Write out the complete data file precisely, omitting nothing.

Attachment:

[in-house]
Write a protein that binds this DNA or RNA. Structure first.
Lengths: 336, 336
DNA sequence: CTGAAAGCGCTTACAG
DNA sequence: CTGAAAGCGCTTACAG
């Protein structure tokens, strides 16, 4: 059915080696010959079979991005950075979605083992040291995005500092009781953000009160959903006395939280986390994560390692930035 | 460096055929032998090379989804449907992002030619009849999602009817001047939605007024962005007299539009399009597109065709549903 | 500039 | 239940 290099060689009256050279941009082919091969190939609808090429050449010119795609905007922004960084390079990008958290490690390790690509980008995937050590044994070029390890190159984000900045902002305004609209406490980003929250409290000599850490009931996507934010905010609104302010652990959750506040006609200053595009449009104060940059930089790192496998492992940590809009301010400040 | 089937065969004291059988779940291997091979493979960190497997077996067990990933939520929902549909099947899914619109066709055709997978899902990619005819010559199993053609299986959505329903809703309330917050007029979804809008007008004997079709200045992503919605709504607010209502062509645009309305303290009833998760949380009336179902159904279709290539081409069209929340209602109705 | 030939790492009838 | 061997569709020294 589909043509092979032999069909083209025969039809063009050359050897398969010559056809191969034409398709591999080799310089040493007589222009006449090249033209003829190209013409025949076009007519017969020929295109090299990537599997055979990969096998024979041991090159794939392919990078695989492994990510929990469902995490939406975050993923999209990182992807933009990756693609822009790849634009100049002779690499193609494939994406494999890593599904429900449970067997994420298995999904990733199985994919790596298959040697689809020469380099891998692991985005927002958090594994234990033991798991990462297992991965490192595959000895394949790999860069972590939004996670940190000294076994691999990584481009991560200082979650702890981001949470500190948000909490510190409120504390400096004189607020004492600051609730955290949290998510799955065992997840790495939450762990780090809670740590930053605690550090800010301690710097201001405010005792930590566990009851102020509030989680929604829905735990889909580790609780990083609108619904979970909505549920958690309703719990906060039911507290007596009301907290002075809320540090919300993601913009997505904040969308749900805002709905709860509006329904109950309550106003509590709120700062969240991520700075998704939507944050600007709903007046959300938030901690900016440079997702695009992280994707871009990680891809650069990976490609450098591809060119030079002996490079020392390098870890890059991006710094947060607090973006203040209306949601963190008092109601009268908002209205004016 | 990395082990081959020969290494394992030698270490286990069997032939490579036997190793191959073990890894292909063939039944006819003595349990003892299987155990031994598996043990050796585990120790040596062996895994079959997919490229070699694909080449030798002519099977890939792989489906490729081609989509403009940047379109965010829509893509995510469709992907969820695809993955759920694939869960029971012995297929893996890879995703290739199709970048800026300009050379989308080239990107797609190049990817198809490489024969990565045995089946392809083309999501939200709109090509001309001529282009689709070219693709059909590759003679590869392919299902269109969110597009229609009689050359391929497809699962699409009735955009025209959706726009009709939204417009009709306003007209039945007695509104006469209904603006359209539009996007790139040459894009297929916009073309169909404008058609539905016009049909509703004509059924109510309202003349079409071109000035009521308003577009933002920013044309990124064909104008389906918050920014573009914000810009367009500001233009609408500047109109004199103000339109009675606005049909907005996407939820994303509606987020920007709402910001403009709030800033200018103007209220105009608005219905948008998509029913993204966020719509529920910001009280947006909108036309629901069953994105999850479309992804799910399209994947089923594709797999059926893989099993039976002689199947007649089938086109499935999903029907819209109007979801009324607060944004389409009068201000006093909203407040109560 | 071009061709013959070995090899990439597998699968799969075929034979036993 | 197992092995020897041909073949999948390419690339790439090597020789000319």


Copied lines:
[in-house]
Write a protein that binds this DNA or RNA. Structure first.
Lengths: 336, 336
DNA sequence: CTGAAAGCGCTTACAG
DNA sequence: CTGAAAGCGCTTACAG
């Protein structure tokens, strides 16, 4: 059915080696010959079979991005950075979605083992040291995005500092009781953000009160959903006395939280986390994560390692930035 | 460096055929032998090379989804449907992002030619009849999602009817001047939605007024962005007299539009399009597109065709549903 | 500039 | 239940 290099060689009256050279941009082919091969190939609808090429050449010119795609905007922004960084390079990008958290490690390790690509980008995937050590044994070029390890190159984000900045902002305004609209406490980003929250409290000599850490009931996507934010905010609104302010652990959750506040006609200053595009449009104060940059930089790192496998492992940590809009301010400040 | 089937065969004291059988779940291997091979493979960190497997077996067990990933939520929902549909099947899914619109066709055709997978899902990619005819010559199993053609299986959505329903809703309330917050007029979804809008007008004997079709200045992503919605709504607010209502062509645009309305303290009833998760949380009336179902159904279709290539081409069209929340209602109705 | 030939790492009838 | 061997569709020294 589909043509092979032999069909083209025969039809063009050359050897398969010559056809191969034409398709591999080799310089040493007589222009006449090249033209003829190209013409025949076009007519017969020929295109090299990537599997055979990969096998024979041991090159794939392919990078695989492994990510929990469902995490939406975050993923999209990182992807933009990756693609822009790849634009100049002779690499193609494939994406494999890593599904429900449970067997994420298995999904990733199985994919790596298959040697689809020469380099891998692991985005927002958090594994234990033991798991990462297992991965490192595959000895394949790999860069972590939004996670940190000294076994691999990584481009991560200082979650702890981001949470500190948000909490510190409120504390400096004189607020004492600051609730955290949290998510799955065992997840790495939450762990780090809670740590930053605690550090800010301690710097201001405010005792930590566990009851102020509030989680929604829905735990889909580790609780990083609108619904979970909505549920958690309703719990906060039911507290007596009301907290002075809320540090919300993601913009997505904040969308749900805002709905709860509006329904109950309550106003509590709120700062969240991520700075998704939507944050600007709903007046959300938030901690900016440079997702695009992280994707871009990680891809650069990976490609450098591809060119030079002996490079020392390098870890890059991006710094947060607090973006203040209306949601963190008092109601009268908002209205004016 | 990395082990081959020969290494394992030698270490286990069997032939490579036997190793191959073990890894292909063939039944006819003595349990003892299987155990031994598996043990050796585990120790040596062996895994079959997919490229070699694909080449030798002519099977890939792989489906490729081609989509403009940047379109965010829509893509995510469709992907969820695809993955759920694939869960029971012995297929893996890879995703290739199709970048800026300009050379989308080239990107797609190049990817198809490489024969990565045995089946392809083309999501939200709109090509001309001529282009689709070219693709059909590759003679590869392919299902269109969110597009229609009689050359391929497809699962699409009735955009025209959706726009009709939204417009009709306003007209039945007695509104006469209904603006359209539009996007790139040459894009297929916009073309169909404008058609539905016009049909509703004509059924109510309202003349079409071109000035009521308003577009933002920013044309990124064909104008389906918050920014573009914000810009367009500001233009609408500047109109004199103000339109009675606005049909907005996407939820994303509606987020920007709402910001403009709030800033200018103007209220105009608005219905948008998509029913993204966020719509529920910001009280947006909108036309629901069953994105999850479309992804799910399209994947089923594709797999059926893989099993039976002689199947007649089938086109499935999903029907819209109007979801009324607060944004389409009068201000006093909203407040109560 | 071009061709013959070995090899990439597998699968799969075929034979036993 | 197992092995020897041909073949999948390419690339790439090597020789000319």